McDonald's to cut use of antibiotics in chicken

Image source, Reuters
Image caption, McDonald's chicken products contain antibiotics than can have an impact on human health

Global restaurant chain McDonald's is to begin reducing the use of antibiotics in its chicken products.

It will focus on removing those antibiotics that can have an impact on human health, but keep those necessary for poultry welfare.

Chicken served in its US restaurants will be free of such antibiotics within two years, it said.

In Europe, McDonald's is also phasing out the use of certain "critically important" antibiotics.

There are concerns that the overuse of antibiotics in chicken may reduce the drugs' effectiveness in humans.

McDonald's has been battling to win back customers amid slowing sales.

Many poultry producers in US give their birds antibiotics to make them grow faster. But overuse of the drugs could lead to them becoming less effective in treating illness and disease in humans.

Worldwide like-for-like sales at McDonald's - which strip out the effect of new restaurants opening - fell by a more-than-expected 1.8% in January on the back of a supplier scandal in China.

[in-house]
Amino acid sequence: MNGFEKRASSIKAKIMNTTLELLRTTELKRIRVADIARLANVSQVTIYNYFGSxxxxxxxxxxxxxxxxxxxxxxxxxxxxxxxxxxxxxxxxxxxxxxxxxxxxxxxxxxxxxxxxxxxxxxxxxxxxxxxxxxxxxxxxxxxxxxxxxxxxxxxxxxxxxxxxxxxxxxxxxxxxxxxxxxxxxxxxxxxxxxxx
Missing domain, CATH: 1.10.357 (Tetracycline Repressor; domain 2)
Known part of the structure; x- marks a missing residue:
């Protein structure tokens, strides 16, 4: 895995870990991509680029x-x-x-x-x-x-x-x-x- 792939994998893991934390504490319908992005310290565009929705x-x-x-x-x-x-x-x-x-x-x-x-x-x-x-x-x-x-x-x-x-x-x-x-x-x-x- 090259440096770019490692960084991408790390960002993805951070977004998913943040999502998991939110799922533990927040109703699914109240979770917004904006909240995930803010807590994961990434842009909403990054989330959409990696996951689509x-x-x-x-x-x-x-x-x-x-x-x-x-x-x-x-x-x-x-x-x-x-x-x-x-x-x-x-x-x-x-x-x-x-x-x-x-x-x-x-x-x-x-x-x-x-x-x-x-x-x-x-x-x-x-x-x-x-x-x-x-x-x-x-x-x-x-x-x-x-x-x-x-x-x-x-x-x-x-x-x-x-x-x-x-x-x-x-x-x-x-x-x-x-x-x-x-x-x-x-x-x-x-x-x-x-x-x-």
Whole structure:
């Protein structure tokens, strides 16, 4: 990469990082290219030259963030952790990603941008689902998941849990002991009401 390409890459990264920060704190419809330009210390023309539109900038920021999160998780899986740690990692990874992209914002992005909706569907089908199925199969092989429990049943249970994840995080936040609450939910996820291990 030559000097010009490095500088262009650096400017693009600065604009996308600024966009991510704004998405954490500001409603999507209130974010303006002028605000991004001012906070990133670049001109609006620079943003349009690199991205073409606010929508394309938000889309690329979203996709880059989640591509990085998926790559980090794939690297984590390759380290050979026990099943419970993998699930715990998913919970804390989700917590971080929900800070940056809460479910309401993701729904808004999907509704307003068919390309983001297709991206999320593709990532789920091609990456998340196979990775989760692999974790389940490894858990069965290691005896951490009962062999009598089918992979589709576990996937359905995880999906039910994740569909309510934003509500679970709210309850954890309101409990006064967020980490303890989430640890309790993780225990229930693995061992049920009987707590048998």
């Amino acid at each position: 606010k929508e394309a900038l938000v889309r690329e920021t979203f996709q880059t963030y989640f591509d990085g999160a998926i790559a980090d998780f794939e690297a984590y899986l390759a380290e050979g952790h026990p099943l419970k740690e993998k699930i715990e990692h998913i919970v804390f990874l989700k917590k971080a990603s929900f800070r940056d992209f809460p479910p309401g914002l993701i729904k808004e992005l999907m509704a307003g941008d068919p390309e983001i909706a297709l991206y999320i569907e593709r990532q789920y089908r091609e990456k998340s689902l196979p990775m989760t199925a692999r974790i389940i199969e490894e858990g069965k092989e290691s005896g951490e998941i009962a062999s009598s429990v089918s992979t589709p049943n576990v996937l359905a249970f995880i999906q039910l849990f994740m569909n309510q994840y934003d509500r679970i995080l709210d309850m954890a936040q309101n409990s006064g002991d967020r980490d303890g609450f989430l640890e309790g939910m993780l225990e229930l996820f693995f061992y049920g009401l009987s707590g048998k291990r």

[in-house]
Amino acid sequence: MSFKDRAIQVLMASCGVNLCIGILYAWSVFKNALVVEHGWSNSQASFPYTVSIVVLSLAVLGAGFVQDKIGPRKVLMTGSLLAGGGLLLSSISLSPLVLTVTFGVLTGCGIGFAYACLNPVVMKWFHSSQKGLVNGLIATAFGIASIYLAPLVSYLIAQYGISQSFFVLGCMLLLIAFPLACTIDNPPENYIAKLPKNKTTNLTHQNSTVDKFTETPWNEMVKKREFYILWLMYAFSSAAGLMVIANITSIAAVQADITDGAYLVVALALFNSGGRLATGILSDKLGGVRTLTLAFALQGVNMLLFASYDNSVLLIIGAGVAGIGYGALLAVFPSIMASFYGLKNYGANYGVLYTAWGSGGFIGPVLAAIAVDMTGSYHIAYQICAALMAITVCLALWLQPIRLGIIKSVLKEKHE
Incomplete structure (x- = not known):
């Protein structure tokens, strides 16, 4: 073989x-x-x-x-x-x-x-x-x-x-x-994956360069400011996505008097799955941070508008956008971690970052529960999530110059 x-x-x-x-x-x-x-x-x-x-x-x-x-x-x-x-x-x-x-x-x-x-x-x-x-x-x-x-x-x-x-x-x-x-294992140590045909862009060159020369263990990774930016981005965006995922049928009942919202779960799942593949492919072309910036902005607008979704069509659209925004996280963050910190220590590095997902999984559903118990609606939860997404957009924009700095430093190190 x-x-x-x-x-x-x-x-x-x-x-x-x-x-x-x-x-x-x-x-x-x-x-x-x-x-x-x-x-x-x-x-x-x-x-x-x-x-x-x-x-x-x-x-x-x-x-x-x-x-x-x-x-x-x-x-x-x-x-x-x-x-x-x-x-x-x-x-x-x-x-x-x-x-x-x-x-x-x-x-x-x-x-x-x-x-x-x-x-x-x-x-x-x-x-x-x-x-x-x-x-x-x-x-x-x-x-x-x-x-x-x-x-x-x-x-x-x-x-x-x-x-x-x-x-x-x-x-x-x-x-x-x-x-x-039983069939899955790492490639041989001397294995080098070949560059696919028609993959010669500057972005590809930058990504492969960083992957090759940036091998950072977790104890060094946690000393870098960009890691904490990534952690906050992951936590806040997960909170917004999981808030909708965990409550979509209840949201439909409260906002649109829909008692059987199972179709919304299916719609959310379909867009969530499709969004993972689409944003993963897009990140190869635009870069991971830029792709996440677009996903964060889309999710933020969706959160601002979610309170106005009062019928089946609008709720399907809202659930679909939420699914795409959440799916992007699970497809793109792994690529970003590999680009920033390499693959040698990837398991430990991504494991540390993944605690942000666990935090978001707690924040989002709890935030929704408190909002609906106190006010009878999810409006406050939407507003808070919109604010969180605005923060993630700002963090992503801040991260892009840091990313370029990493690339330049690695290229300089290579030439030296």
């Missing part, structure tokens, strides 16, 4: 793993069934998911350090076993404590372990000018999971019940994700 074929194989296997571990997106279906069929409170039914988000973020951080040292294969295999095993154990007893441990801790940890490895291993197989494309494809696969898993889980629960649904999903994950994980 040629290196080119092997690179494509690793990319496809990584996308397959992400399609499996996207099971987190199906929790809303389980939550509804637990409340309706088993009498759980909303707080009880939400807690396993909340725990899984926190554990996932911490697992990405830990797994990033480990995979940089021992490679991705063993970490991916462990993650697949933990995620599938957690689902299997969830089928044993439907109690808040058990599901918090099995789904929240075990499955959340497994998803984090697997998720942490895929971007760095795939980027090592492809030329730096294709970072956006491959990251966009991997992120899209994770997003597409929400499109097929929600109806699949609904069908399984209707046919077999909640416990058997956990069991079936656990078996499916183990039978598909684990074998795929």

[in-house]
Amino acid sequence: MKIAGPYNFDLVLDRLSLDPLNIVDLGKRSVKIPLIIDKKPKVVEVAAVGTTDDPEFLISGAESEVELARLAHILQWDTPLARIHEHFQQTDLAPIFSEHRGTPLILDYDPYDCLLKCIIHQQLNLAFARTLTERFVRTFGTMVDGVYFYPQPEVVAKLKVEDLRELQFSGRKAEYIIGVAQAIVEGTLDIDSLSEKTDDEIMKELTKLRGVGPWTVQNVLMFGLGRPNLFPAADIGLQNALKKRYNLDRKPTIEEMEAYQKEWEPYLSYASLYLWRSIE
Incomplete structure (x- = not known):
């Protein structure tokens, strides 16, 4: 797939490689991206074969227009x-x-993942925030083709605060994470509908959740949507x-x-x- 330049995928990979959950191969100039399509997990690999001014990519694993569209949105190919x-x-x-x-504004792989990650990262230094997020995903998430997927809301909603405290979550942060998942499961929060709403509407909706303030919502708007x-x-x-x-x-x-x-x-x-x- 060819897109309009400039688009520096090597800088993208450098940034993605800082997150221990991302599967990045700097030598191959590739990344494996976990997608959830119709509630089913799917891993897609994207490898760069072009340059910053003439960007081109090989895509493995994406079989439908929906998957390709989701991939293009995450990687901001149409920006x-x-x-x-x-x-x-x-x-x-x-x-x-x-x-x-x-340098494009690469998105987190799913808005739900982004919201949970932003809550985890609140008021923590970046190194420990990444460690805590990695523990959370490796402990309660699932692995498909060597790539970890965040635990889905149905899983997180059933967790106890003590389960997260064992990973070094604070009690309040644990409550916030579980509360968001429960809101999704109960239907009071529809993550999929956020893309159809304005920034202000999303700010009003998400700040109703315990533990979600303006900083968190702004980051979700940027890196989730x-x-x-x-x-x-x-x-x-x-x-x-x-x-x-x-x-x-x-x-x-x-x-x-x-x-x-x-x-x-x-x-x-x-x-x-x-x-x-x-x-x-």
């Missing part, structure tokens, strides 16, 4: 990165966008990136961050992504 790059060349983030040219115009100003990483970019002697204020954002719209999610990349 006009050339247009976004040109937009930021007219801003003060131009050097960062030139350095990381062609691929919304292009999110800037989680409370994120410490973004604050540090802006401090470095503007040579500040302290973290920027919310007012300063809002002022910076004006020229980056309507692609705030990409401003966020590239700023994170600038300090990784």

Its image was also tarnished after a human tooth was found in a portion of fries in Japan last year. The firm issued an apology in January.

Healthy chickens

In a statement, Marion Gross, senior vice-president of North America supply chain, said that McDonald's "believes that any animals that become ill deserve appropriate veterinary care and our suppliers will continue to treat poultry with prescribed antibiotics".

Media caption, McDonald's is the biggest firm to make a commitment over drug use in livestock

But after treatment, the bird "will no longer be included in our food supply".

However, McDonald's chicken will be given ionophores, an antibiotic which helps keep chickens healthy but is not used for humans.

The company also said that US dairy products, such as low fat white milk and fat-free chocolate milk, would be derived from cows that have not been treated with rbST - an artificial growth hormone.

"While no significant difference has been shown between milk derived from rbST-treated and non-rbST-treated cows, we understand this is something that is important to our customers," Ms Gross said.

The changes come in response to growing consumer demand for food made with natural ingredients only.

Last month, Swiss food giant Nestle announced that it would be removing all artificial flavours and colours from its chocolate products in the US.

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